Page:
History of paper in Muscovy 16th/17th century

Stefan Schneck's picture

Dear colleagues,

I am interested in how the use of paper changed in Moscow before and in the 17th century: What was it used for, what role did it play for people, where was it available and in what quantities, where did it come from, how did the price and the quality develop. I found some useful information in some older publications e.g. from Lichacev and Melnikov, but I was wondering, if there was a book, which is about (or a colleague, who is working on) such a „kulturhistorische“ perspective on paper in Muscovy in the 16th/17th century systematically. I would be also glad about some hints/ideas, where to find some statistical materials which could be helpful to understand better the role and dynamics of paper in the culture of Muscovy.

Warm regards,

Stefan Schneck

PS: I am interested in this topic as part of my PhD, which is investigating the change of the order of knowledge in Muscovy of the 17th century such as medicine, mathematics, music and grammar.

 

Н.П. Лиха­чёв “Бума­га и древ­ней­шие мель­ни­цы в Мос­ков­ском госу­дар­стве: Исто­ри­ко-архео­гра­фи­че­ский очерк”, 1891 г.,Спб.

Н.П. Мель­ни­ков, П.Н. Мель­ни­ков “Исто­рия, ста­ти­сти­ка, лите­ра­ту­ра пис­че­бу­маж­но­го про­из­вод­ства”, Спб, типо­гра­фия П.П. Сай­ки­на ‚1906г.

Dear Stefan:

A good first step, if you haven't done so already, may be to look at the preliminary essays published in the watermark album by Zoia Vasil'evna Uchastkina, "A history of Russian hand paper-mills and their water-marks" / Edited and adapted for publication in English by J. S. G. Simmons (Hilversum, Holland : Paper Publications Society, 1962). Monumenta chartæ papyraceæ historiam illustrantia, vol. 9. If you don't have it readily at hand, I can send you images of the table of contents.

Regards,
M.A. Johnson
Curator, Hilandar Research Library
The Ohio State University
Columbus, Ohio, USA
hilandar@osu.edu

Friday, Aug. 13, 2021
23:01 EDT

I have written, somewhat hastily, a response to this interesting query and placed it in pdf format in my personal Dropbox in an Early Slavic folder that you can freely access via this link:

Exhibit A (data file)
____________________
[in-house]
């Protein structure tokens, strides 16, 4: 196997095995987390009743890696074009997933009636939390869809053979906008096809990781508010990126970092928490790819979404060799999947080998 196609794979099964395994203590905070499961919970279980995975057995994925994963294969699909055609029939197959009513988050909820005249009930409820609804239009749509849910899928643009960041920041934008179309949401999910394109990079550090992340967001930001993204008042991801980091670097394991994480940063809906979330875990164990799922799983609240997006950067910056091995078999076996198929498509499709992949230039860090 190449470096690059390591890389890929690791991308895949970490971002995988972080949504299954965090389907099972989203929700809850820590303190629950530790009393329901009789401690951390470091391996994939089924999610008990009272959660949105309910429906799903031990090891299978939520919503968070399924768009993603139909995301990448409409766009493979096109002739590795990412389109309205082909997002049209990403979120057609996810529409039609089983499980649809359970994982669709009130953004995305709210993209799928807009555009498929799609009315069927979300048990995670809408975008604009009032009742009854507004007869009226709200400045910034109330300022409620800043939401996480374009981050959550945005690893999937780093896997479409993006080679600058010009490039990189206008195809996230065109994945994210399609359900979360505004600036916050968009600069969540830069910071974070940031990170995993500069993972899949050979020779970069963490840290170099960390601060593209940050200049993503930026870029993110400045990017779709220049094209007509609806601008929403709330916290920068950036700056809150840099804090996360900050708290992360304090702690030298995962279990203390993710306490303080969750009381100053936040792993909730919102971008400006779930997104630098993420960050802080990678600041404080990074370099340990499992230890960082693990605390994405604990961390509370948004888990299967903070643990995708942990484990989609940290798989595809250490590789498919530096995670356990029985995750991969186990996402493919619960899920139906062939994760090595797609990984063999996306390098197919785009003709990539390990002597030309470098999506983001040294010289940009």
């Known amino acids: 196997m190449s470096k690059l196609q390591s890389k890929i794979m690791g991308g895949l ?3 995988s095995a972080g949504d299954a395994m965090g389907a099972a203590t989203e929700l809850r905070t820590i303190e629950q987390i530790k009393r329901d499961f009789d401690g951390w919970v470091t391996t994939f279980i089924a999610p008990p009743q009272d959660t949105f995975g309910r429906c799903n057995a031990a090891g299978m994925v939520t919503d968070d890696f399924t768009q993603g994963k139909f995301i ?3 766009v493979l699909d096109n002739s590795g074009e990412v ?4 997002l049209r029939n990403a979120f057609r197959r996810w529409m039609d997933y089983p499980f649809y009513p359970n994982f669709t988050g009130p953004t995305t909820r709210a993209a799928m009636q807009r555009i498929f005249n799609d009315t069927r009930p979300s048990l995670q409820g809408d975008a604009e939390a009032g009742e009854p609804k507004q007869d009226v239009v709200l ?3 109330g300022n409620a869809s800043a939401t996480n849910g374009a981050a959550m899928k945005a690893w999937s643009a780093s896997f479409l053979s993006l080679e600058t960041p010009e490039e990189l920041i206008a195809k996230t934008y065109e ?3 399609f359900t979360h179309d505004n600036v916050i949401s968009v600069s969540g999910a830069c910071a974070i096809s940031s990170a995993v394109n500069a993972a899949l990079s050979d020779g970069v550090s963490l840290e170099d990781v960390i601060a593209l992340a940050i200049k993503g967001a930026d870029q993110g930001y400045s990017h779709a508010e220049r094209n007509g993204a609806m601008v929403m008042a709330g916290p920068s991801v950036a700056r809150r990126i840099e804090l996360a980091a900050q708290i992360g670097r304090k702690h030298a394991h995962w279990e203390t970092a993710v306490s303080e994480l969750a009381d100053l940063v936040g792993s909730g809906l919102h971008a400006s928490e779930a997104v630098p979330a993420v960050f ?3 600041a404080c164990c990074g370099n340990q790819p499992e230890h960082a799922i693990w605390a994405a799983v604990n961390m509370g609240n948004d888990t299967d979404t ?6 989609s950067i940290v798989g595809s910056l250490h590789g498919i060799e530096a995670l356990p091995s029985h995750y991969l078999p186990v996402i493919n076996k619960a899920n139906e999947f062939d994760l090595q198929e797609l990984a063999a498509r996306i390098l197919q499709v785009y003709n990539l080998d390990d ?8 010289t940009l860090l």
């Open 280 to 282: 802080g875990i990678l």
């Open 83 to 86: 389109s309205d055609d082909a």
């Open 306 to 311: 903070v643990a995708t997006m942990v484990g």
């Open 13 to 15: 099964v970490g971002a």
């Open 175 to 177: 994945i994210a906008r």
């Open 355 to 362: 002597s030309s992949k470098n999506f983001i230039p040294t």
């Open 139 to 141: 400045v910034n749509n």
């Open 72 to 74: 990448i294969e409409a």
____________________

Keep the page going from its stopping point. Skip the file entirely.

https://www.dropbox.com/sh/zb18qxyzqi7idw9/AAAnAD3rjE7a5Q1VpyNNF3ada?dl=0

There is an older book notice file there; the new one with my response on the paper question is:

Waugh_responsetoStefanSchneckquery_14August2021.pdf

Do be aware that I have not worked actively on most of this material for years and thus may well have missed some important work that is relevant. I trust others on the Early Slavic list will volunteer corrections and suggestions.

Daniel Waugh
University of Washington, Seattle

Dear Stefan,

I think this sounds like a great topic. I'll respond now just quickly, without notes. I don't have answers to your specific questions, but I'll share that, reading Siberian customs book for my first book, The Merchants of Siberia, I encountered now and then instances of paper (Stopa bumagi) being transported; I think it was generally westbound but I'd have to check. Also, I encountered state documentation about trips being made to acquire paper (and candles, office supplies). And of course, the amount of palimpset in the archives suggests paper shortages weren't rare.

As you proceed on this research, if it serves your needs, please feel free to get in touch directly and I could try to dig up these references in my notes.

With all best wishes,
Erika Monahan

Dear Stefan,

Have you looked at Simon Franklin’s work? I can’t remember specifically whether The Russian Graphosphere discusses paper production and watermarks at any length, but it’s worth checking!

Best,
Julia Leikin